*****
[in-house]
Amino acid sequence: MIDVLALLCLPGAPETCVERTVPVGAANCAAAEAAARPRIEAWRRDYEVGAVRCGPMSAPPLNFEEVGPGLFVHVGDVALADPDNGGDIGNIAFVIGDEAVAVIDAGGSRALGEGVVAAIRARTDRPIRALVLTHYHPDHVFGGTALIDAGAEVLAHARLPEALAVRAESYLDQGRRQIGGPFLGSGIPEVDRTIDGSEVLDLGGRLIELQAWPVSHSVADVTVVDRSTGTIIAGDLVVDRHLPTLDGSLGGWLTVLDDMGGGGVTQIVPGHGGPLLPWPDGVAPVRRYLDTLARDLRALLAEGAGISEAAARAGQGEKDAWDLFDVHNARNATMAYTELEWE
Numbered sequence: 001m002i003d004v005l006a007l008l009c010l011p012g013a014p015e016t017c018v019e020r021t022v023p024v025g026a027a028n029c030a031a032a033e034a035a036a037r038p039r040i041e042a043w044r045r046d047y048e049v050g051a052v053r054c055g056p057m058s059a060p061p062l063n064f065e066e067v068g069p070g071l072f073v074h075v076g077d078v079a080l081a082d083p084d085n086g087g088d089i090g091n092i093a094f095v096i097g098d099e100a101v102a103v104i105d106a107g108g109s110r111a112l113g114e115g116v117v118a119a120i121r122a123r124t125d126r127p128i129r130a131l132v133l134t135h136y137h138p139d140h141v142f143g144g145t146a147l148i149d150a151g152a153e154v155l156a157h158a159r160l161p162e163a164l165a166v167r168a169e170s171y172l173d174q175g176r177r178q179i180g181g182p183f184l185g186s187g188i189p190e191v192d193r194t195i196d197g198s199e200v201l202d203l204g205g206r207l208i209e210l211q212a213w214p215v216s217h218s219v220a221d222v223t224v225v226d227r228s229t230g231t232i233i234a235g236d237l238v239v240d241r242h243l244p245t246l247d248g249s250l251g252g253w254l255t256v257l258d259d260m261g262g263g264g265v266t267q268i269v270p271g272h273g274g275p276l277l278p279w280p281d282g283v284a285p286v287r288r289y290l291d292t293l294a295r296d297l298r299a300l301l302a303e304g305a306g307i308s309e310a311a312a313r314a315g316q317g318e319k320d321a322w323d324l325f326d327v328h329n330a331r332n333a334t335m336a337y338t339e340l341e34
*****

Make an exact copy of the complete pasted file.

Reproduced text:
[in-house]
Amino acid sequence: MIDVLALLCLPGAPETCVERTVPVGAANCAAAEAAARPRIEAWRRDYEVGAVRCGPMSAPPLNFEEVGPGLFVHVGDVALADPDNGGDIGNIAFVIGDEAVAVIDAGGSRALGEGVVAAIRARTDRPIRALVLTHYHPDHVFGGTALIDAGAEVLAHARLPEALAVRAESYLDQGRRQIGGPFLGSGIPEVDRTIDGSEVLDLGGRLIELQAWPVSHSVADVTVVDRSTGTIIAGDLVVDRHLPTLDGSLGGWLTVLDDMGGGGVTQIVPGHGGPLLPWPDGVAPVRRYLDTLARDLRALLAEGAGISEAAARAGQGEKDAWDLFDVHNARNATMAYTELEWE
Numbered sequence: 001m002i003d004v005l006a007l008l009c010l011p012g013a014p015e016t017c018v019e020r021t022v023p024v025g026a027a028n029c030a031a032a033e034a035a036a037r038p039r040i041e042a043w044r045r046d047y048e049v050g051a052v053r054c055g056p057m058s059a060p061p062l063n064f065e066e067v068g069p070g071l072f073v074h075v076g077d078v079a080l081a082d083p084d085n086g087g088d089i090g091n092i093a094f095v096i097g098d099e100a101v102a103v104i105d106a107g108g109s110r111a112l113g114e115g116v117v118a119a120i121r122a123r124t125d126r127p128i129r130a131l132v133l134t135h136y137h138p139d140h141v142f143g144g145t146a147l148i149d150a151g152a153e154v155l156a157h158a159r160l161p162e163a164l165a166v167r168a169e170s171y172l173d174q175g176r177r178q179i180g181g182p183f184l185g186s187g188i189p190e191v192d193r194t195i196d197g198s199e200v201l202d203l204g205g206r207l208i209e210l211q212a213w214p215v216s217h218s219v220a221d222v223t224v225v226d227r228s229t230g231t232i233i234a235g236d237l238v239v240d241r242h243l244p245t246l247d248g249s250l251g252g253w254l255t256v257l258d259d260m261g262g263g264g265v266t267q268i269v270p271g272h273g274g275p276l277l278p279w280p281d282g283v284a285p286v287r288r289y290l291d292t293l294a295r296d297l298r299a300l301l302a303e304g305a306g307i308s309e310a311a312a313r314a315g316q317g318e319k320d321a322w323d324l325f326d327v328h329n330a331r332n333a334t335m336a337y338t339e340l341e34